nvk: the kernel changes needed

The initial NVK (nouveau vulkan) experimental driver has been merged into mesa master[1], and although there's lots of work to be done before it's application ready, the main reason it was merged was because the initial kernel work needed was merged into drm-misc-next[2] and will then go to drm-next for the 6.6 merge window. (This work is separate from the GSP firmware enablement required for reclocking, that is a parallel development, needed to make nvk useable). Faith at Collabora will have a blog post about the Mesa side, this is more about the kernel journey.

What was needed in the kernel?

The nouveau kernel API was written 10 years or more ago, and was designed around OpenGL at the time. There were two major restrictions in the current uAPI that made it unsuitable for Vulkan.

  1. buffer objects (physical memory allocations) were allocated 1:1 with virtual memory allocations for a file descriptor. This meant the kernel managed the virtual address space. For proper Vulkan support, the bo allocation and vm allocation have to be separate, and userspace should control the virtual address space.
  2. Command submission didn't use sync objects. The nouveau command submission wasn't wired up to the modern sync objects. These are pretty much a requirement for Vulkan fencing and semaphores to work properly.

How to implement these?

When we kicked off the nvk idea I made a first pass at implementing a new user API, to allow the above features. I took at look at how the GPU VMA management was done in current drivers and realized that there was a scope for a common component to manage the GPU VA space. I did a hacky implementation of some common code and a nouveau implementation. Luckily at the time, Danilo Krummrich had joined my team at Red Hat and needed more kernel development experience in GPU drivers. I handed my sketchy implementation to Danilo and let him run with it. He spent a lot of time learning and writing copious code. His GPU VA manager code was merged into drm-misc-next last week and his nouveau code landed today.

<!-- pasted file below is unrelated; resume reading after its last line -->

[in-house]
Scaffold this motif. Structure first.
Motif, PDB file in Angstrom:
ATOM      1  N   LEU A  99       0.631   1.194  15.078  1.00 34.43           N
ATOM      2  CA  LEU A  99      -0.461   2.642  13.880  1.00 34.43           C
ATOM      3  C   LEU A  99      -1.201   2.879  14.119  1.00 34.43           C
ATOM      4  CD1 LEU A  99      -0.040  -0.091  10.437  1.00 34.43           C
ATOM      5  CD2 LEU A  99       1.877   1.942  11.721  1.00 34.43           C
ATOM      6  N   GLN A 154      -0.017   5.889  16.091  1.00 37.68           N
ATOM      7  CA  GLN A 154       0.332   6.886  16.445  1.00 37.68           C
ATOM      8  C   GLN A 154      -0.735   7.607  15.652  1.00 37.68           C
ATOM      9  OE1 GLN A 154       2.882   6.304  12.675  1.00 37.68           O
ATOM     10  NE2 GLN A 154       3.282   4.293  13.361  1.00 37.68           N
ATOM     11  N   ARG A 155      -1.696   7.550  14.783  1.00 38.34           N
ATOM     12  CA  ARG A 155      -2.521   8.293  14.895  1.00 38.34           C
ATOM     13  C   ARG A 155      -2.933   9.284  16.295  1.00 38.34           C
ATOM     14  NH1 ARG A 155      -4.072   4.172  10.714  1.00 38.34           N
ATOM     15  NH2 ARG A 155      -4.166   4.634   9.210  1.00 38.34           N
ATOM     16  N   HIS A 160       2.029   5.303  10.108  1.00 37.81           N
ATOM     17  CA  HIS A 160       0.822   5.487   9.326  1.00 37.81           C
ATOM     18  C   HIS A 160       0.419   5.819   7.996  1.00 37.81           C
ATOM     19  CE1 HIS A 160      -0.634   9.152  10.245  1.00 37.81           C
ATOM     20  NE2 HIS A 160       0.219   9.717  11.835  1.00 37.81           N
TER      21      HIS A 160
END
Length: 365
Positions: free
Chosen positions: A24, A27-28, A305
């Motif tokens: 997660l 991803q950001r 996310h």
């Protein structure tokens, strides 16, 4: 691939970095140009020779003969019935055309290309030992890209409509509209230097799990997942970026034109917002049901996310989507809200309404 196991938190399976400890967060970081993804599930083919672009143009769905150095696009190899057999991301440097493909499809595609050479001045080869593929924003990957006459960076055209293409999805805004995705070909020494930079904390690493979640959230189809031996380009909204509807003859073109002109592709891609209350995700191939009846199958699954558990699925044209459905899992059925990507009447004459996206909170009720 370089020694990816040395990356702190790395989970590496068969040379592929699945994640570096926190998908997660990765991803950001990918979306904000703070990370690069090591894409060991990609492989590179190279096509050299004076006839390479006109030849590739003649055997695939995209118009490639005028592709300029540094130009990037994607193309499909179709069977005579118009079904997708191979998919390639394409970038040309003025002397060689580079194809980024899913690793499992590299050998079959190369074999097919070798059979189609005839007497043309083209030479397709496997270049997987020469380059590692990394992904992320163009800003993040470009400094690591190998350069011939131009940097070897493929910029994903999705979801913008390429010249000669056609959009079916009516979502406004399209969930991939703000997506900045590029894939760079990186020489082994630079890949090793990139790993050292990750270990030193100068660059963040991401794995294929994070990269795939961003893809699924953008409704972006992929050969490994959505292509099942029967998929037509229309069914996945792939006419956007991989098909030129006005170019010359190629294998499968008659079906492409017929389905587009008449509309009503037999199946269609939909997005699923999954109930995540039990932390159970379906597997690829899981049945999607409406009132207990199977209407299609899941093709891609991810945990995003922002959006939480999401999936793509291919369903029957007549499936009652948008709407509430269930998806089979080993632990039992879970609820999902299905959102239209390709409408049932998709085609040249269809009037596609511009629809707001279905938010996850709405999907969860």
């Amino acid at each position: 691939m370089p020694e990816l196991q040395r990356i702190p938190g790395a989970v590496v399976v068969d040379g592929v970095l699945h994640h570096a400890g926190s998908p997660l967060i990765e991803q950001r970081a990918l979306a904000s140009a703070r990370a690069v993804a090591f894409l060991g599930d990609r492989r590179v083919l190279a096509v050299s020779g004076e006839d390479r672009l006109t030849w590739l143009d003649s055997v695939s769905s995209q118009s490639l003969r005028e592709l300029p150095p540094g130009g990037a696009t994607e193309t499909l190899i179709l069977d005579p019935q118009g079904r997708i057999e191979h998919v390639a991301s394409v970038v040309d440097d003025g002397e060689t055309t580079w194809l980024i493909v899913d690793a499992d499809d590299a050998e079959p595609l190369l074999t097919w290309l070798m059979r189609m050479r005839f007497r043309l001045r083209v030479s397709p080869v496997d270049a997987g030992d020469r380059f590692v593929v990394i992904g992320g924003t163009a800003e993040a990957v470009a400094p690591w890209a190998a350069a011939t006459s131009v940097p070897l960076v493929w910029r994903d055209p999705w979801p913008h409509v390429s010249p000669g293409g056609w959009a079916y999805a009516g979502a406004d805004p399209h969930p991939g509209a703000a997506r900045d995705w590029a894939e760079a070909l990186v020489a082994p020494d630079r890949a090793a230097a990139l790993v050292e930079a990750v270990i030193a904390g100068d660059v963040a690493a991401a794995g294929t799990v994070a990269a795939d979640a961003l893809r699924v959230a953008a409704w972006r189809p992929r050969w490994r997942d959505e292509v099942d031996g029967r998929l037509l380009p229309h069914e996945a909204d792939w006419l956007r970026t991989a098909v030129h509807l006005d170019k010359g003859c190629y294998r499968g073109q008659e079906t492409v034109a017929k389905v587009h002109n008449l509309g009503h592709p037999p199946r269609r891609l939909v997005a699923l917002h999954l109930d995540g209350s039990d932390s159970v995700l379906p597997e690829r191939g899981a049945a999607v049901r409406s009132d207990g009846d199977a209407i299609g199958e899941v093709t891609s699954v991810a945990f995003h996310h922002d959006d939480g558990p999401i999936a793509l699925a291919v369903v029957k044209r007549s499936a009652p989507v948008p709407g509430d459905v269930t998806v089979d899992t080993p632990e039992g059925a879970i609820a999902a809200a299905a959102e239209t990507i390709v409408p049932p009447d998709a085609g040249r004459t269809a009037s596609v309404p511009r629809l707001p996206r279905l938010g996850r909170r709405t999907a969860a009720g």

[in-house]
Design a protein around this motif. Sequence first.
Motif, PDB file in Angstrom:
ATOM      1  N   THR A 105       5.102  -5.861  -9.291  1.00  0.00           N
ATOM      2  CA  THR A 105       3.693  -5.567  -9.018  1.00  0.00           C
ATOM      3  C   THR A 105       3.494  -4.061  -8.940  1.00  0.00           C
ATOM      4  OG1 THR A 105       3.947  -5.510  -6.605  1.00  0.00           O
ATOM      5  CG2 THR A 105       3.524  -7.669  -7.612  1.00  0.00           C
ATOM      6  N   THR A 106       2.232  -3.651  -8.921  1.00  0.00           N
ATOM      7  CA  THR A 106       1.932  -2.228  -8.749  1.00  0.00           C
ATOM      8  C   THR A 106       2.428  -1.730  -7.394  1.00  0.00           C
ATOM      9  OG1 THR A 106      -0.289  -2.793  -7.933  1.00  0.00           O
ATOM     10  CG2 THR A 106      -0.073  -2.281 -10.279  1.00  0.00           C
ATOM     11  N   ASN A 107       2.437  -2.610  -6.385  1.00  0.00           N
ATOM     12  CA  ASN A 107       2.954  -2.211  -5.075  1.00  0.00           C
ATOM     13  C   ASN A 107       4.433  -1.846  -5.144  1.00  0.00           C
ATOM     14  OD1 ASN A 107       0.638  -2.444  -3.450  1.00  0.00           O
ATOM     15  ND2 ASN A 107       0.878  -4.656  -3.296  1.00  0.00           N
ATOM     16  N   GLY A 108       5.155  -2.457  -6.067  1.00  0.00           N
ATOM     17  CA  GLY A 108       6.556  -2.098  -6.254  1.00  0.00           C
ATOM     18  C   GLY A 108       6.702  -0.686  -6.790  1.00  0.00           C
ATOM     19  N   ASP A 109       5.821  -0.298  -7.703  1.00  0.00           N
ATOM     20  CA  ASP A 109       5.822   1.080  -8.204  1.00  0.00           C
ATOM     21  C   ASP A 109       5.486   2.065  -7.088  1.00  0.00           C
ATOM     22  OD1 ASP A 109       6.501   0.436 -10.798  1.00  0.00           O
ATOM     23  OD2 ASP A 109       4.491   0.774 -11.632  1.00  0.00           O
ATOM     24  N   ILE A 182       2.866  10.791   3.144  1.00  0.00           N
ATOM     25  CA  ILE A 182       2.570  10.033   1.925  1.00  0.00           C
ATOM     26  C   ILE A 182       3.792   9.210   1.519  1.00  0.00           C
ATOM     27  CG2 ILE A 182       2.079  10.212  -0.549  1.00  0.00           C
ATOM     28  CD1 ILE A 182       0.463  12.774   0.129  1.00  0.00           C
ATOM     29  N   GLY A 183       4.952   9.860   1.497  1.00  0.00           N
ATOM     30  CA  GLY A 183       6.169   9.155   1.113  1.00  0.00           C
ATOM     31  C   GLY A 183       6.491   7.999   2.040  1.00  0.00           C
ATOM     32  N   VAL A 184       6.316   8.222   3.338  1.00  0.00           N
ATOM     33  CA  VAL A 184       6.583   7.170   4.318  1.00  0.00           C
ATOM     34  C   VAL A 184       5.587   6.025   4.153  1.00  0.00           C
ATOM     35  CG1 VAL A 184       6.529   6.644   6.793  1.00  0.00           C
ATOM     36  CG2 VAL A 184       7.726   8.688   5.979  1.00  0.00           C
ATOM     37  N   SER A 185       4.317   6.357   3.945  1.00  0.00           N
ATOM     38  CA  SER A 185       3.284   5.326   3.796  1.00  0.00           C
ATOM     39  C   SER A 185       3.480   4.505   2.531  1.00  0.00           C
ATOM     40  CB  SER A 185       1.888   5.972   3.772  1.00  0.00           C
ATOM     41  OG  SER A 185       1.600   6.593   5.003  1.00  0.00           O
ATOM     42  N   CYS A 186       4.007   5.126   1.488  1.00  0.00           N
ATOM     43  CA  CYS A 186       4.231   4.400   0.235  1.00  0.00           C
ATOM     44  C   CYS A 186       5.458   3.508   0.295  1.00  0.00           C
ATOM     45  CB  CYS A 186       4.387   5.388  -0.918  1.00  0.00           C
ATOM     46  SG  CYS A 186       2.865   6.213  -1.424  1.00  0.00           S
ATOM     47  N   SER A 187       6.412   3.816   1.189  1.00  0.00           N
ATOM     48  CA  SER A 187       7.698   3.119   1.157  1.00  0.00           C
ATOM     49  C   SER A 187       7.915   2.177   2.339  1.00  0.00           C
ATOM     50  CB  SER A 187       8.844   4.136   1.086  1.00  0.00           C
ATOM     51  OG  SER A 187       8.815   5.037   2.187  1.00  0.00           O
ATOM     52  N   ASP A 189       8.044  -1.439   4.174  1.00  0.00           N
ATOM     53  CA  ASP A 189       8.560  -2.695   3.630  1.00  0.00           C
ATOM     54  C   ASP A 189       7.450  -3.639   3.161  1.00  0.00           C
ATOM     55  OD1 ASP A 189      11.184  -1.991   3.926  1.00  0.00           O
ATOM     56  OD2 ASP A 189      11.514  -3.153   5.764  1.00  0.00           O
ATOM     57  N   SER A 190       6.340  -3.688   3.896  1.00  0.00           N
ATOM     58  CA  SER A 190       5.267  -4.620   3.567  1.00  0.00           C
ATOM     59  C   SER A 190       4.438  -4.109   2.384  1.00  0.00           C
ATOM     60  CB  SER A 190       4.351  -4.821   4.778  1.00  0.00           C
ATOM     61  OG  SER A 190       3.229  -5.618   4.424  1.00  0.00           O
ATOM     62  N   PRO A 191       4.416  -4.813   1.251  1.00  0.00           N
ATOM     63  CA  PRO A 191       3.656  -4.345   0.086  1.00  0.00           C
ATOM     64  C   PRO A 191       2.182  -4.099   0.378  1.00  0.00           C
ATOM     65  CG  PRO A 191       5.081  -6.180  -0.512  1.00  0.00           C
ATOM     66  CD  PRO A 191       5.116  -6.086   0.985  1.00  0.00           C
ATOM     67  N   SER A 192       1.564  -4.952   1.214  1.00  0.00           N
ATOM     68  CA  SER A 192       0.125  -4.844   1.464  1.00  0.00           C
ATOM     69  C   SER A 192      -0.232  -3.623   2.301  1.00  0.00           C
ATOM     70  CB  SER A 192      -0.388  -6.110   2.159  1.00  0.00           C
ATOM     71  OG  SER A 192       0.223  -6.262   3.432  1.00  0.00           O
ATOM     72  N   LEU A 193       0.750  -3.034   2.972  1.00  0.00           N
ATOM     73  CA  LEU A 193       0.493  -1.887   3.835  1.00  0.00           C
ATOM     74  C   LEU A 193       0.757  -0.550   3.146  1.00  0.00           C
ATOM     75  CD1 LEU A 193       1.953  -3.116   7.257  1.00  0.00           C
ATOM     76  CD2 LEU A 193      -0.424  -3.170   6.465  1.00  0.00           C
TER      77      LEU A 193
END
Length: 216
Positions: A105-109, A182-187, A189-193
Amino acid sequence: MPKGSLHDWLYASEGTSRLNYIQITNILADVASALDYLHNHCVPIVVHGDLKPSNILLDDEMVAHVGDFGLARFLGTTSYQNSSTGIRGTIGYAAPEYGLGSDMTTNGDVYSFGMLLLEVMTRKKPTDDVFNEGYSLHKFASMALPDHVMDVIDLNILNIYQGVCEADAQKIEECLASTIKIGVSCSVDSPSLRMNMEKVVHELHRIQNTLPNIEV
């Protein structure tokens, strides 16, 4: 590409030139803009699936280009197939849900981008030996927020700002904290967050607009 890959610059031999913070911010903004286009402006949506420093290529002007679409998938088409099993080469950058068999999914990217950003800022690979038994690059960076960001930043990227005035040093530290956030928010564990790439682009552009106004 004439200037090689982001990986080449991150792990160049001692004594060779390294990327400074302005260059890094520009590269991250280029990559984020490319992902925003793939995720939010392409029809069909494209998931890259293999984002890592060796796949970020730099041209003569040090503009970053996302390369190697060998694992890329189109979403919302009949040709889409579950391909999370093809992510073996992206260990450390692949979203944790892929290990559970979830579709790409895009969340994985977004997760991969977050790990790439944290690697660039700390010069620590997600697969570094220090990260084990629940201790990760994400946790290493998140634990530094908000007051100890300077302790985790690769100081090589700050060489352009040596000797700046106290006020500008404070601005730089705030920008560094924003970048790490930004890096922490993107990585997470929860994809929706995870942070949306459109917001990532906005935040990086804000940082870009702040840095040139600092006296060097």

What is the GPU VA manager?

The idea behind the GPU VA manager is that there is no need for every driver to implement something that should essentially not be a hardware specific problem. The manager is designed to track VA allocations from userspace, and keep track of what GEM objects they are currently bound to. The implementation went through a few twists and turns and experiments. 

For a long period we considered using maple tree as the core of it, but we hit a number of messy interactions between the dma-fence locking and memory allocations required to add new nodes to the maple tree. The dma-fence critical section is a hard requirement to make others deal with. In the end Danilo used an rbtree to track things. We will revisit if we can deal with maple tree again in the future. 

We had a long discussion and a couple of implement it both ways and see, on whether we needed to track empty sparse VMA ranges in the manager or not,  nouveau wanted these but generically we weren't sure they were helpful, but that also affected the uAPI as it needed explicit operations to create/drop these. In the end we started tracking these in the driver and left the core VA manager cleaner.